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Other materials stories that may be of interest

By Eileen De Guire / April 16, 2013

Roll-to-roll coating of electrodes at Fraunhofer IWS: The scientists now have optimized the design of anode and cathode for lithium-sulfur batteries. Credit: Jürgen Leibmann. A longer life for lithium-sulfur batteries There are currently over 40 million cars on Germany’s roads. Only a fraction of them are powered by electric energy—around 6,400 vehicles. The comparatively short…

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Internal curing standards and recent work on extending life of concrete structures

By Eileen De Guire / February 14, 2013

Credit: Purdue University and INDOT Joint Transportation Research Program. Many people in the field of high-performance cements and materials have been working on the goal of improving the performance of structures such as roadways and bridge decks, and recently there have been interesting developments in regard to the use of internal curing (IC) techniques and…

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Other materials stories that may be of interest

By Eileen De Guire / October 23, 2012

Have a look at what’s happening. MTC reduced, reused, recycled and reorganized their way to an 8,000 square feet expansion of production capability without increasing the building’s footprint. Credit: MTC. Morgan Thermal Ceramics’ Elkhart, IN manufacturing site finds novel way to expand facility Morgan Thermal Ceramics’ Elkhart, Ind., manufacturing site found a way to expand…

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Other materials science stories that may be of interest

By / August 27, 2012

These color-enhanced scanning electron microscope images show nanosheets resembling tiny rose petals. The nanosheets are key components of a new type of biosensor that can detect minute concentrations of glucose in saliva, tears and urine. The technology might eventually help to eliminate or reduce the frequency of using pinpricks for diabetes testing. (See second story…

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Gallium nitride shows promise for biomedical implants

By Eileen De Guire / November 14, 2011

Scanning electron microscope image of cell growth on gallium nitride that has been coated with peptides. Credit: Albena Ivanisevic, North Carolina State University. We live in good times, medically speaking. Creaky, painful knees and hips can be replaced. Arteries can be held open with stents. A variety of implants hold us together, stabilize our heartbeats,…

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Ceramics and glass business news of the week

By / September 20, 2011

Here’s what we are hearing: Duo’s chemistry makes it possible: natural gas produced from biomass H.C. Starck and Clausthaler Umwelttechnik-Institut (Germany) have joined forces to successfully develop a completely new generation of catalyzers and process technology for the production of substitute natural gas from biomass as a renewable energy source. The two groups have engineered…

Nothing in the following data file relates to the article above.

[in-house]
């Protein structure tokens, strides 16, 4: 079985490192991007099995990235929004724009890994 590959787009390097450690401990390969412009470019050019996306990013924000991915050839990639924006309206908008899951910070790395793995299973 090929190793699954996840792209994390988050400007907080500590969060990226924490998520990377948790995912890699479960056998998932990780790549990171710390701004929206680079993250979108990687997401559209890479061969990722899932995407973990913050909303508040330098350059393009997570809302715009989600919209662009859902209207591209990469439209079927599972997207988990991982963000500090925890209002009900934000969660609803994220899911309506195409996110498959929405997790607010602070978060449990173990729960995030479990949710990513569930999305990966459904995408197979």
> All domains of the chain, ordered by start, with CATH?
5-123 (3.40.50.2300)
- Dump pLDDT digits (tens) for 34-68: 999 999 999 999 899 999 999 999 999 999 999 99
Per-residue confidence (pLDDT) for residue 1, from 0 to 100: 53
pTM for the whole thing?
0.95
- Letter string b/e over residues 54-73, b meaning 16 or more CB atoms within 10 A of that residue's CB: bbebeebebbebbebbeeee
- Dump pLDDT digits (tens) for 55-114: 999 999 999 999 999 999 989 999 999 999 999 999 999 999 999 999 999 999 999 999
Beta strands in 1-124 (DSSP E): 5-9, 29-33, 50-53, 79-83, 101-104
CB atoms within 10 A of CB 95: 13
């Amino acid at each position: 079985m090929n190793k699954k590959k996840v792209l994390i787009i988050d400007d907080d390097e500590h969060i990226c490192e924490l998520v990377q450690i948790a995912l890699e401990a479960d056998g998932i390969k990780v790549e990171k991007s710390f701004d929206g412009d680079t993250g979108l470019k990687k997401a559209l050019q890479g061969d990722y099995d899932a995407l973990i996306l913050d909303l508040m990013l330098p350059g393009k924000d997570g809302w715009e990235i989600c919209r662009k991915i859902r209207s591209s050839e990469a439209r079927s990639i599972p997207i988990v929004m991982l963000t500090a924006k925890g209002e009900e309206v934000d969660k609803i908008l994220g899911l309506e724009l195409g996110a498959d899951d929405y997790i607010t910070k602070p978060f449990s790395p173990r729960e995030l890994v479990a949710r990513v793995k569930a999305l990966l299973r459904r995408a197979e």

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Materials football game of the week: Purdue vs. Rice

By Eileen De Guire / September 8, 2011

The GamePurdue at RiceSept. 10, 3:30 p.m., ET; Houston, Texas Rice begins its 100th football season with a golden “NASAversary” celebration commemorating its 50-year collaboration with the NASA Johnson Space Center in Houston. In a September 1962 speech at Rice Stadium, President John F. Kennedy said famously, “We choose to go to the moon in…

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Materials-oriented schools make top-25 of BusinessWeek’s ‘best bargain’

By / July 2, 2010

It’s great to see that a large number of schools that we reference in this blog made it to Bloomberg BusinessWeek‘s new list of the top 25 “best bargain” universities, and hopefully this will be a shot in the arm to some of the smaller schools, such as the Colorado School of Mines (#1) and …

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Chuck those napkin drawings – sketch your designs in FEAsy

By / September 2, 2009

Karthik Ramani, a professor of mechanical engineering at Purdue University, poses the question that may intrigue anyone trying to work out a new idea: “Say I’m a design engineer working for an automotive company and I want to find out how much stress my conceptual part can withstand. I want to know where to drill…

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Prince Rupert’s Drops

By / April 9, 2009

A beloved classroom demonstration in materials science. The residual stress within the drop gives rise to unique properties that every demonstrator likes to demonstrate: The drop can be hammered on the fat end without breaking, but disintegrates explosively if the tail end is even slightly damaged.

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